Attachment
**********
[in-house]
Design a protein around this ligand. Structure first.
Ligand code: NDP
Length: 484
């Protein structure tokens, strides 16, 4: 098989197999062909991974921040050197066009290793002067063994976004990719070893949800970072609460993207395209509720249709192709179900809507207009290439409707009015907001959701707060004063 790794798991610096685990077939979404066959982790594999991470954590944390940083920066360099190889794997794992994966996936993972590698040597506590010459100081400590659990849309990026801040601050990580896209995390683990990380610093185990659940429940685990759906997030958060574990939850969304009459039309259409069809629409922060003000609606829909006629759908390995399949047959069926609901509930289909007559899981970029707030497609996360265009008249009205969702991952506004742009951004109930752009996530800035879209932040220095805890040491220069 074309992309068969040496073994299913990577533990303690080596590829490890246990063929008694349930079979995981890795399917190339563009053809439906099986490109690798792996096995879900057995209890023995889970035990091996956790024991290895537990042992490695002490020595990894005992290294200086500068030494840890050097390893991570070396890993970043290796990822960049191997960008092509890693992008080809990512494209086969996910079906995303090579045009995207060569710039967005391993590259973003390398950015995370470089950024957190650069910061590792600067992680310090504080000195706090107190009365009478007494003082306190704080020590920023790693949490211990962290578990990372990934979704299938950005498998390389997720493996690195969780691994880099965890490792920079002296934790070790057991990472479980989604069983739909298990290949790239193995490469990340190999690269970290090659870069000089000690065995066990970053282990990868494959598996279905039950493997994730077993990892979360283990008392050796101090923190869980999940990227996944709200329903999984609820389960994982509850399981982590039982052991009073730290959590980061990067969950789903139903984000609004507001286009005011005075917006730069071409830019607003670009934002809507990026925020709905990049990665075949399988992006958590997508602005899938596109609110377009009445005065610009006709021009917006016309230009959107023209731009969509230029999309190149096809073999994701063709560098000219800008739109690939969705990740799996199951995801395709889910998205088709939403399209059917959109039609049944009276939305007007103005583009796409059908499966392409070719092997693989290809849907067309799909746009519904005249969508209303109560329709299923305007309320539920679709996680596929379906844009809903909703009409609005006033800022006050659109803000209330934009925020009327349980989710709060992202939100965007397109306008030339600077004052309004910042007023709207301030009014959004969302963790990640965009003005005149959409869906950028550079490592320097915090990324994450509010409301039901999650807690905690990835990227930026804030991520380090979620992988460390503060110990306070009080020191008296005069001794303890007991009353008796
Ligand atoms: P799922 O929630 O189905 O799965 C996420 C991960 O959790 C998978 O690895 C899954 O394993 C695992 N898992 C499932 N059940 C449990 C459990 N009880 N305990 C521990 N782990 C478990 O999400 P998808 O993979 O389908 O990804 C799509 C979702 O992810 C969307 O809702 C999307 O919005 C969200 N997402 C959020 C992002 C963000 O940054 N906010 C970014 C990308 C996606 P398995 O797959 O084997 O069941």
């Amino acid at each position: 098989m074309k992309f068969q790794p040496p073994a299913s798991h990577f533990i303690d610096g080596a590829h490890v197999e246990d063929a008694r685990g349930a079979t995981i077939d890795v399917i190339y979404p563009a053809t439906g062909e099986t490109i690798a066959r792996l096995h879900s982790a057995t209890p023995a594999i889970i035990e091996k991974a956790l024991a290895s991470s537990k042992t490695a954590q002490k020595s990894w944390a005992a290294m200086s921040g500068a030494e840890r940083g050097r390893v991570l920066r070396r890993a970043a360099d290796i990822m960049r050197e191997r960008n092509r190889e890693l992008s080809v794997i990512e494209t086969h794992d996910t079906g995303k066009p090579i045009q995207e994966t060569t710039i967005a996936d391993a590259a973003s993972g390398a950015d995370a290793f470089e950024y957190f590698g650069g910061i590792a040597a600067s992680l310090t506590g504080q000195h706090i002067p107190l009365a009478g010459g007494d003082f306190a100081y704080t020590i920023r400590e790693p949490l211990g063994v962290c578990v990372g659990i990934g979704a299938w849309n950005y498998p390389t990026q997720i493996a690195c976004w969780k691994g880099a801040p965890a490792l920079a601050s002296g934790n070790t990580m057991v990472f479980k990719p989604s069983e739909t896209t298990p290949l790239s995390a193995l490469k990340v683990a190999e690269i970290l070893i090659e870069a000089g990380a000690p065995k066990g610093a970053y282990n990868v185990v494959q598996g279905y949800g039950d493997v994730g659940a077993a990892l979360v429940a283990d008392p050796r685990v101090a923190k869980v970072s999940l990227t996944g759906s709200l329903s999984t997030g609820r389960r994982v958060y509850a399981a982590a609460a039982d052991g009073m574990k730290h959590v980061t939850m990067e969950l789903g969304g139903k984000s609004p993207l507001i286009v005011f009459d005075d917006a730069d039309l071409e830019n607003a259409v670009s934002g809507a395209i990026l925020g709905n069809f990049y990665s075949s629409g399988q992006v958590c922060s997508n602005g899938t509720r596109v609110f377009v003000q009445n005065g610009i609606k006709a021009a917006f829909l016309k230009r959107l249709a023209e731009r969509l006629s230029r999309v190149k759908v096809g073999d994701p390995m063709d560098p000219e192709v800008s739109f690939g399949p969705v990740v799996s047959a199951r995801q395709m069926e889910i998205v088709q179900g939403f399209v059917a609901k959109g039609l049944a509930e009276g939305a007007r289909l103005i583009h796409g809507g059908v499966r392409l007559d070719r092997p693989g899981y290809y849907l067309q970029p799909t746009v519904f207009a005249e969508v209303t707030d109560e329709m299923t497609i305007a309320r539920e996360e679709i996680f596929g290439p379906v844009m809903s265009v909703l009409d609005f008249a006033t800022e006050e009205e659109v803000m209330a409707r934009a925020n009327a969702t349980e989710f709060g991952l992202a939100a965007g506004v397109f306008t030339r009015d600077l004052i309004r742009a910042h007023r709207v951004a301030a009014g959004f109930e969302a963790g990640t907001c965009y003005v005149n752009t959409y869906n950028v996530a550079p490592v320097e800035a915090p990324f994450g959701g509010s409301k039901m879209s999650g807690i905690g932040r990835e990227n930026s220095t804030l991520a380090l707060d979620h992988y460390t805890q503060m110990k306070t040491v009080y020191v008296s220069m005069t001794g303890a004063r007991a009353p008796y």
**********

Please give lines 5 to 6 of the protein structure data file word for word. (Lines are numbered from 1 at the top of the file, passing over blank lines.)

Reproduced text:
């Protein structure tokens, strides 16, 4: 098989197999062909991974921040050197066009290793002067063994976004990719070893949800970072609460993207395209509720249709192709179900809507207009290439409707009015907001959701707060004063 790794798991610096685990077939979404066959982790594999991470954590944390940083920066360099190889794997794992994966996936993972590698040597506590010459100081400590659990849309990026801040601050990580896209995390683990990380610093185990659940429940685990759906997030958060574990939850969304009459039309259409069809629409922060003000609606829909006629759908390995399949047959069926609901509930289909007559899981970029707030497609996360265009008249009205969702991952506004742009951004109930752009996530800035879209932040220095805890040491220069 074309992309068969040496073994299913990577533990303690080596590829490890246990063929008694349930079979995981890795399917190339563009053809439906099986490109690798792996096995879900057995209890023995889970035990091996956790024991290895537990042992490695002490020595990894005992290294200086500068030494840890050097390893991570070396890993970043290796990822960049191997960008092509890693992008080809990512494209086969996910079906995303090579045009995207060569710039967005391993590259973003390398950015995370470089950024957190650069910061590792600067992680310090504080000195706090107190009365009478007494003082306190704080020590920023790693949490211990962290578990990372990934979704299938950005498998390389997720493996690195969780691994880099965890490792920079002296934790070790057991990472479980989604069983739909298990290949790239193995490469990340190999690269970290090659870069000089000690065995066990970053282990990868494959598996279905039950493997994730077993990892979360283990008392050796101090923190869980999940990227996944709200329903999984609820389960994982509850399981982590039982052991009073730290959590980061990067969950789903139903984000609004507001286009005011005075917006730069071409830019607003670009934002809507990026925020709905990049990665075949399988992006958590997508602005899938596109609110377009009445005065610009006709021009917006016309230009959107023209731009969509230029999309190149096809073999994701063709560098000219800008739109690939969705990740799996199951995801395709889910998205088709939403399209059917959109039609049944009276939305007007103005583009796409059908499966392409070719092997693989290809849907067309799909746009519904005249969508209303109560329709299923305007309320539920679709996680596929379906844009809903909703009409609005006033800022006050659109803000209330934009925020009327349980989710709060992202939100965007397109306008030339600077004052309004910042007023709207301030009014959004969302963790990640965009003005005149959409869906950028550079490592320097915090990324994450509010409301039901999650807690905690990835990227930026804030991520380090979620992988460390503060110990306070009080020191008296005069001794303890007991009353008796
Ligand atoms: P799922 O929630 O189905 O799965 C996420 C991960 O959790 C998978 O690895 C899954 O394993 C695992 N898992 C499932 N059940 C449990 C459990 N009880 N305990 C521990 N782990 C478990 O999400 P998808 O993979 O389908 O990804 C799509 C979702 O992810 C969307 O809702 C999307 O919005 C969200 N997402 C959020 C992002 C963000 O940054 N906010 C970014 C990308 C996606 P398995 O797959 O084997 O069941």